On Sunday, May 4, the Patricelli Center for Social Entrepreneurship will welcome four alumni and one group of current students to present at the Spring Alumni Startup Showcase. The event will be held in the Olson Commons in the Career Center.

“Our hope is that events like this will give students an inside look at startup culture and illuminate some pros and cons of working in a small, entrepreneurial setting,” Director of the Patricelli Center Makaela Kingsley ’98 wrote in an email to The Argus. “We also aim to connect students directly with alumni and cultivate a community of innovative Wesleyan people across generations.”

Sunday’s participants are Art Feltman ’80, Founder of International Hartford; Ysette Guevara ’98, Founder and CEO of Minds on Fire; Liza Conrad ’11, Fundraising and Operations Manager of Girls Who Code; Zach Valenti ’12, Founder and CEO of Project Uplift and Beastly Productions; and Kwaku Akoi ’14, Founder of JóòMah.

JóòMah, the sole group consisting of current students, was founded by Akoi last year. His team includes Sam Giagtzoglou ’16, Oladoyin Oladapo ’14, Olayinka Lawal ’15, Maxwell Dietz ’16, Geofery Yatich ’16, and Michael Yee ’14.

JóòMah, a web platform that connects job seekers in Sub-Saharan Africa to employment opportunities near them, has been in development since last June. Though it is a relatively recent startup, Akoi anticipates that it will have an enormous effect in Sub-Saharan Africa and potentially in other regions.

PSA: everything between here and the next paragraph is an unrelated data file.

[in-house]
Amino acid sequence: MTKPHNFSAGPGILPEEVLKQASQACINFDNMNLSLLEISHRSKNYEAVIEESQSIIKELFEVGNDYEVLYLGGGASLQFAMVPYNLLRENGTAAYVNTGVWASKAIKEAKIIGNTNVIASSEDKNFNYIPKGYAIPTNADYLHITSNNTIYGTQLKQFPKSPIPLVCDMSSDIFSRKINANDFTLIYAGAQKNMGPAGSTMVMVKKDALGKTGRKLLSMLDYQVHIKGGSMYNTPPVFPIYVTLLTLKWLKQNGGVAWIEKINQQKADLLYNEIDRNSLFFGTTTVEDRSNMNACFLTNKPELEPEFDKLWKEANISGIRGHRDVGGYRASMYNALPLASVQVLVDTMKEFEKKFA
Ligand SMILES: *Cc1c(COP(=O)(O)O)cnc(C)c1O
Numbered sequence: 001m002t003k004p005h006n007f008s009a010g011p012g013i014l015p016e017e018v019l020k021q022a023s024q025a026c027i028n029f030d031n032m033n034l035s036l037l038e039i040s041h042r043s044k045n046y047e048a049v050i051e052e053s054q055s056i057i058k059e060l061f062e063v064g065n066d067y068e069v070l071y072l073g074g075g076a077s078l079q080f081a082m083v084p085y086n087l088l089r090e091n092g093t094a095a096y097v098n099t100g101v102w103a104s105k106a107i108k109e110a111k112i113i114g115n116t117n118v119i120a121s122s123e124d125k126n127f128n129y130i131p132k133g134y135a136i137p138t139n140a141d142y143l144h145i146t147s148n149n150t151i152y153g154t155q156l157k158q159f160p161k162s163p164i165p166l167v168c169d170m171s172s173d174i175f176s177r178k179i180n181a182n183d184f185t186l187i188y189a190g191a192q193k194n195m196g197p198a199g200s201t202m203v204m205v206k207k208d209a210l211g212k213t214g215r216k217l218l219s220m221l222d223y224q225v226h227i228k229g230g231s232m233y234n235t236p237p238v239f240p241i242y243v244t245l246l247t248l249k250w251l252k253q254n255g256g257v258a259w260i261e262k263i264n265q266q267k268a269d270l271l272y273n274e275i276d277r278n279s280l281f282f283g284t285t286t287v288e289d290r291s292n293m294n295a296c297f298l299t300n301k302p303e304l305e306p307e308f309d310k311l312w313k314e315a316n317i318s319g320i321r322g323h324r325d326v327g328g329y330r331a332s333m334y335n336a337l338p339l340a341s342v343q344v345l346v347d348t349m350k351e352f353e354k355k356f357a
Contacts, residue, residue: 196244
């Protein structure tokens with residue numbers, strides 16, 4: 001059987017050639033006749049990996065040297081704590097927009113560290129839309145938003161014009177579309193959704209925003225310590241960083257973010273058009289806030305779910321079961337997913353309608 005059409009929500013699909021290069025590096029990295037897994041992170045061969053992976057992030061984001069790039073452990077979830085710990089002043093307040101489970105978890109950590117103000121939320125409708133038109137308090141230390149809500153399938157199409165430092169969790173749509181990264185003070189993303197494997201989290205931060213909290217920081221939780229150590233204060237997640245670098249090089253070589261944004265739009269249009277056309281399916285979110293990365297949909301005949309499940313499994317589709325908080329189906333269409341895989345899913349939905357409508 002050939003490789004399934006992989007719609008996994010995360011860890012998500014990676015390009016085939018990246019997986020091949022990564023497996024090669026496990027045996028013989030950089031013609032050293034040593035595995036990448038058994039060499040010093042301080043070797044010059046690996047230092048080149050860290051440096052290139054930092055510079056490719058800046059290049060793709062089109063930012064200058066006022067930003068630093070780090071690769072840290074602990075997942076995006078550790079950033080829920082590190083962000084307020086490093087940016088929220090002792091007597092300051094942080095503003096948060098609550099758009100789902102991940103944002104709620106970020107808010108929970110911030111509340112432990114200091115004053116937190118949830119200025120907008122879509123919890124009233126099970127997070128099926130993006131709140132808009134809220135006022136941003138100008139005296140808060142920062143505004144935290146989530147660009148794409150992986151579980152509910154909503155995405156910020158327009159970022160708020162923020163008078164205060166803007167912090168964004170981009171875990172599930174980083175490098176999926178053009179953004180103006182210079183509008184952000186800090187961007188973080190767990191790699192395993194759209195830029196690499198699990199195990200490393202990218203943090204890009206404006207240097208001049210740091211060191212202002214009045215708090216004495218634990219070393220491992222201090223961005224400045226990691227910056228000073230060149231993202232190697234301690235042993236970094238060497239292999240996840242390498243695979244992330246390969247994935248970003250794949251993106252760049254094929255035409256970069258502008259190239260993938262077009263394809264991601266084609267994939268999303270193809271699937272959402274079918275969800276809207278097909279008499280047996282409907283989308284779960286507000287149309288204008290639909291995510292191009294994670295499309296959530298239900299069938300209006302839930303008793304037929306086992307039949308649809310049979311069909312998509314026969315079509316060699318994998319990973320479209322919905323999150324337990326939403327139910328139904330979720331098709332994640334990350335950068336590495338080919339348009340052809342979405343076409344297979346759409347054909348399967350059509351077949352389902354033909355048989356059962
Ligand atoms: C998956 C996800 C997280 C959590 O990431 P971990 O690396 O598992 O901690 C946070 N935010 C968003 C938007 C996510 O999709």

“We’re looking at a culture of employment that’s going to change,” Akoi said. “We’re hoping to tackle the problem of accessibility to jobs. If someone could sit on a bus, looking for job opportunities on their phone, receiving notifications from employers who might be looking for them, it’s democratizing the process. We are leveling the playing field for all job seekers so that it will no more be the ones from big-name schools or with powerful relatives who will have access to the best job opportunities out there.”

Moreover, Akoi pointed out, connecting job seekers to employers and vice versa will have a widespread impact on the economy.

“Giving someone a better job opportunity gives them more income mobility,” he said. “Giving them access to better income would transfer into better revenues for the African governments in terms of taxes. People could save more, too, and afford better education and better healthcare. I want to see JóòMah become a new and more effective way of combating poverty, which is endemic in many African countries.”

Valenti, Founder and CEO of Project Uplift and Beastly Productions, is also hoping to bring about a culture shift, this one focused around mental health.

“I think about [Project Uplift] as a mental health awareness campaign, and primarily what we do is bring a massive biofeedback-powered tower that we built,” Valenti said. “We guide people in a mindfulness exercise that cultivates the breath. Within a few minutes, users trigger the fan at the base to turn on, and that lifts up the planet earth beach ball. By uplifting yourself, you physically lift up the world.”

Though Project Uplift is just one of Valenti’s enterprises, he has big dreams for the still-growing event service.